Tests of Packaged Greens Reveal High Level of Bacteria; Are Organic or Loose Greens Clean?

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You deserve safe, healthy food. Help us label GMOs and get antibiotics out of food animals.

By Consumers Union on Tuesday, February 2nd, 2010

Organic first.

Alex Avery of the Center for Global Food Issues, a project of the Hudson Institute, has argued that organic greens actually will be dirtier because they are fertilized with manure.  Organic farmers point out that they must use composted manure, which kills pathogens. In fact, Consumers Union‘s tests found no statistically significant difference between organic and conventional bagged leafy greens in terms of bacteria levels. This means that one can’t assume that packaged organic greens will be cleaner.

What about buying lettuce by the head, rather than as bagged salad?  Won’t that at least avoid the possibility that dirtier greens will contaminate cleaner ones as they pass through the washes that are used in the packaging plants?  At least one scientific study suggests that cross-contamination does occur, although on the other hand the chlorine in the washes is designed to knock down what microbiologists call the “bacteria load.”

But contamination can occur at other points in the process as well—disease-causing bacteria can be carried by irrigation water or by farm workers—which can affect heads just as easily as bagged lettuce.  The E. coli 0157:H7 that appeared in spinach in 2006 and that resulted in three deaths and hundreds of illnesses may have come from the feces of a wild pig. USDA tested 3,828 samples of loose lettuce in 2005-6, and 3,117 samples of bagged lettuce in 2007-8 and the results for Salmonella were about the same: one percent positive for the bagged lettuce, and just under that, .7 percent for the loose lettuce. Thus there is no clear evidence that head lettuce is less likely to harbor bacteria than packaged salad greens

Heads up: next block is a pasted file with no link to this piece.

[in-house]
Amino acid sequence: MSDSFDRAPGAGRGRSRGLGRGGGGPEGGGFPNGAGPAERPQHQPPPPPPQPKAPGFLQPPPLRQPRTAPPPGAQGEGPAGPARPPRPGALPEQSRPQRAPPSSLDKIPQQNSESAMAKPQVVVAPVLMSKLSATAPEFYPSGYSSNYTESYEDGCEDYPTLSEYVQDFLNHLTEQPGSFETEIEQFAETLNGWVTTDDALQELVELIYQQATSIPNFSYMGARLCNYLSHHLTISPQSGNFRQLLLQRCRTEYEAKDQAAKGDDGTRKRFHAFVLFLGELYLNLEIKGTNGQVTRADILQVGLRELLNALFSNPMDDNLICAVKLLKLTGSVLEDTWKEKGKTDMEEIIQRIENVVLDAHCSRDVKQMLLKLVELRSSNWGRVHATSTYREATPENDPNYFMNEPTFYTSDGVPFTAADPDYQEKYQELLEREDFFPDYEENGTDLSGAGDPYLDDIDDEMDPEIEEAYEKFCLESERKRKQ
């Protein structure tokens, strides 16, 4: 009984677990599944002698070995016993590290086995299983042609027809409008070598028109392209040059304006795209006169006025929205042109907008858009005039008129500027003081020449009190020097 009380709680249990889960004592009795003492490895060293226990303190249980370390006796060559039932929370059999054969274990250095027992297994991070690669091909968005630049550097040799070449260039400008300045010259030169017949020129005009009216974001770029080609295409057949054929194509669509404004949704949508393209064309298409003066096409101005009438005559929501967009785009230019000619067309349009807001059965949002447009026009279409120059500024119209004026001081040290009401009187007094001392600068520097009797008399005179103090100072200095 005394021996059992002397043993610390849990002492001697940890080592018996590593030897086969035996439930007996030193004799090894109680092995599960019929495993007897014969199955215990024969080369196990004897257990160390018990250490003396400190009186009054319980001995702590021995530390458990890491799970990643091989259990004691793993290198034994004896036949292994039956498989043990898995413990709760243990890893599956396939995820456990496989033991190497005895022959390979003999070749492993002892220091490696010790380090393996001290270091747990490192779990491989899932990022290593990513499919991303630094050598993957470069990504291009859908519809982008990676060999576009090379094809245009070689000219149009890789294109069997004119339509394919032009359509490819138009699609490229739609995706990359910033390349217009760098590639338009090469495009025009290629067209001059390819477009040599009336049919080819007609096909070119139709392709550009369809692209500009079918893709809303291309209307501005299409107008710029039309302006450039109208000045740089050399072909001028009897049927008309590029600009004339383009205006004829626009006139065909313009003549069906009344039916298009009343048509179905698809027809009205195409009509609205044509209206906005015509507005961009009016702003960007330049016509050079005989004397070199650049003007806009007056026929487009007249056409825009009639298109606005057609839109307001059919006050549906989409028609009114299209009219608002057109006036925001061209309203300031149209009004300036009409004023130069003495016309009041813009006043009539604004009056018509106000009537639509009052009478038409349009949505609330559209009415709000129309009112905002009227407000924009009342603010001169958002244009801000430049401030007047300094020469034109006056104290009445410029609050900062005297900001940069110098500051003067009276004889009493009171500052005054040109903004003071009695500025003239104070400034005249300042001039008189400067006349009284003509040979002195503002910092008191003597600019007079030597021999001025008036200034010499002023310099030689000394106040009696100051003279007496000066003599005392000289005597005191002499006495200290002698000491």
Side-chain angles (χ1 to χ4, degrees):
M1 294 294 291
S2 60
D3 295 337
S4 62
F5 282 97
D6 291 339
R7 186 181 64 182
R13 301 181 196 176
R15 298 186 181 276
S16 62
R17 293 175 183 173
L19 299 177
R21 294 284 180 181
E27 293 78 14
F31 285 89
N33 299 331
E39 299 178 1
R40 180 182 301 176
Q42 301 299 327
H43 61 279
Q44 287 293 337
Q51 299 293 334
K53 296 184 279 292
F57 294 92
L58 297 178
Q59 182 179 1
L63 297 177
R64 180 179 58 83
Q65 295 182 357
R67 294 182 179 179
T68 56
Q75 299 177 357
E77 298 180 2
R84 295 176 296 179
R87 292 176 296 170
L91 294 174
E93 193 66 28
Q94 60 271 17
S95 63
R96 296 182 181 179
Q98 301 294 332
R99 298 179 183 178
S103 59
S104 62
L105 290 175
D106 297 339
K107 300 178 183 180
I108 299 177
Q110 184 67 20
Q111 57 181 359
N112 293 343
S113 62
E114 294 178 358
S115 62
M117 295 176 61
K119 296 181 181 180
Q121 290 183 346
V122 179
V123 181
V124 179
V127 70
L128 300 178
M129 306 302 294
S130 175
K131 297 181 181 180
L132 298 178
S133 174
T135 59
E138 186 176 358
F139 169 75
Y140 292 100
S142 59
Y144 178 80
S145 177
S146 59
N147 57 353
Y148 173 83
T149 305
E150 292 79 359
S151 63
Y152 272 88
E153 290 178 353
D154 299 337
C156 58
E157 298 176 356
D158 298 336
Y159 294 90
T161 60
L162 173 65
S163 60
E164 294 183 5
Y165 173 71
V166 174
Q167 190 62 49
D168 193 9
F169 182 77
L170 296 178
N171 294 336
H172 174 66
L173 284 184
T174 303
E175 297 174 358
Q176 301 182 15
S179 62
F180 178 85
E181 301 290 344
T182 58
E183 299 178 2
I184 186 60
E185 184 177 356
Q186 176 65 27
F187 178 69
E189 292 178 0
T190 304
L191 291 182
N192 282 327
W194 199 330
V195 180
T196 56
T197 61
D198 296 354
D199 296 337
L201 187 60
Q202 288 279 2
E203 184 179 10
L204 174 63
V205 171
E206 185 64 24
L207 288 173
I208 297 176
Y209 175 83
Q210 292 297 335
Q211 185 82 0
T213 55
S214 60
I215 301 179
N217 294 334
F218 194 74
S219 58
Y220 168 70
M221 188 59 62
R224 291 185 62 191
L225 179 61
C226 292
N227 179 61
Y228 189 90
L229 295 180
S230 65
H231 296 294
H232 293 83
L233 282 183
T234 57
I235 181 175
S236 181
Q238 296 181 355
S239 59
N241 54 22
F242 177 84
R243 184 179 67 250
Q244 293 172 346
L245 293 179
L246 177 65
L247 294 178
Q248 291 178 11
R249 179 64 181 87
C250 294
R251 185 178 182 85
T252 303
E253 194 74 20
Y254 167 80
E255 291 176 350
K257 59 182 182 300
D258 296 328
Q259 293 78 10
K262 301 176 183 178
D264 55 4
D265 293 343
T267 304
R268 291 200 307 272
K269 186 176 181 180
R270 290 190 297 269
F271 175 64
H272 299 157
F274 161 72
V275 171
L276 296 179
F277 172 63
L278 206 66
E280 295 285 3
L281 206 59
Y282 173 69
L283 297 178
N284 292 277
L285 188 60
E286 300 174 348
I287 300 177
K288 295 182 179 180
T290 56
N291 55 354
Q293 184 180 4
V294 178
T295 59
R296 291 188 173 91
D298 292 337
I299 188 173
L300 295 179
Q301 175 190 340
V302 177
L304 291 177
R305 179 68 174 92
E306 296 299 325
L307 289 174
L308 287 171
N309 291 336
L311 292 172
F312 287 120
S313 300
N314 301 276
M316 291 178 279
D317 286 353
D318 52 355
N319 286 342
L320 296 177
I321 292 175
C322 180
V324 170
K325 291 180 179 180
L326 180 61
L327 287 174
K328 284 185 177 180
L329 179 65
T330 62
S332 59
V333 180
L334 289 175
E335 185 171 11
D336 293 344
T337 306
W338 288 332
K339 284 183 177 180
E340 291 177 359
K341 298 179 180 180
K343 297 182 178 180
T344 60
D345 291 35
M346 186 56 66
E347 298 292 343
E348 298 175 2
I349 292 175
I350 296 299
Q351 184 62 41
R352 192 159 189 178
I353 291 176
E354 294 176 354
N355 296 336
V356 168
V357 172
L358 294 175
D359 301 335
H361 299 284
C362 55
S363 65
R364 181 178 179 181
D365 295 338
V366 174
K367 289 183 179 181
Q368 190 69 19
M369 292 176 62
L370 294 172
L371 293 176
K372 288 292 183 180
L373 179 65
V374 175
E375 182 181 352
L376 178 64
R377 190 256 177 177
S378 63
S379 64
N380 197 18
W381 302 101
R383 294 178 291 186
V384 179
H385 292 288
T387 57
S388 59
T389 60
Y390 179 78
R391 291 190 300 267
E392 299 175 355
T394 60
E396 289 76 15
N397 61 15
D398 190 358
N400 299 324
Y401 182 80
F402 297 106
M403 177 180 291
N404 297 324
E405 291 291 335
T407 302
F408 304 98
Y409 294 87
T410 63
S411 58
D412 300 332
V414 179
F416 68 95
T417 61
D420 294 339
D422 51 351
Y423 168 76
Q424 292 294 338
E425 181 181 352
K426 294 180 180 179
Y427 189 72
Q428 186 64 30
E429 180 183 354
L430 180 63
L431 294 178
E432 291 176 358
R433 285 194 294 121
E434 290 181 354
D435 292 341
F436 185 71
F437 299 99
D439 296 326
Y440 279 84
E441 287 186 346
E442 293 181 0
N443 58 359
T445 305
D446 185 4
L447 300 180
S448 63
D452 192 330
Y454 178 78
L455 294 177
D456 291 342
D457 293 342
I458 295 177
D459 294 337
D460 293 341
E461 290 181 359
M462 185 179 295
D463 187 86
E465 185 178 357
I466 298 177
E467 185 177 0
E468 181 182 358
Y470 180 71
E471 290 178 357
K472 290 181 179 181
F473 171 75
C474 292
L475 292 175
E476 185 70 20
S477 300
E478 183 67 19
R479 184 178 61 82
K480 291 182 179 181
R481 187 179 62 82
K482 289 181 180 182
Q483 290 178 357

Consumers Union issued a report [PDF] today urging the U. S. Food and Drug Administration (FDA) to set safety standards for greens. FDA food safety legislation pending in the Senate—S. 510, the FDA Food Safety Modernization Act, and a similar bill passed last summer by the House of Representatives—would require the FDA to create both performance and on-farm standards to insure the safety of all leafy greens.

Bacteria are equal opportunity infectors.  Because there are so many other advantages to local and organically grown produce, however, including less pesticide use and a generally smaller carbon footprint, Consumers Union, joins sustainable agriculture groups in supporting the Stabenow bill, S. 2758,  which provides grants for small farmers and processors to receive appropriate food safety training, education, technical assistance, and extension services. Large operations have much easier access to these services.

Hopefully the Senate will pass both S. 2758, and S. 510 very soon.

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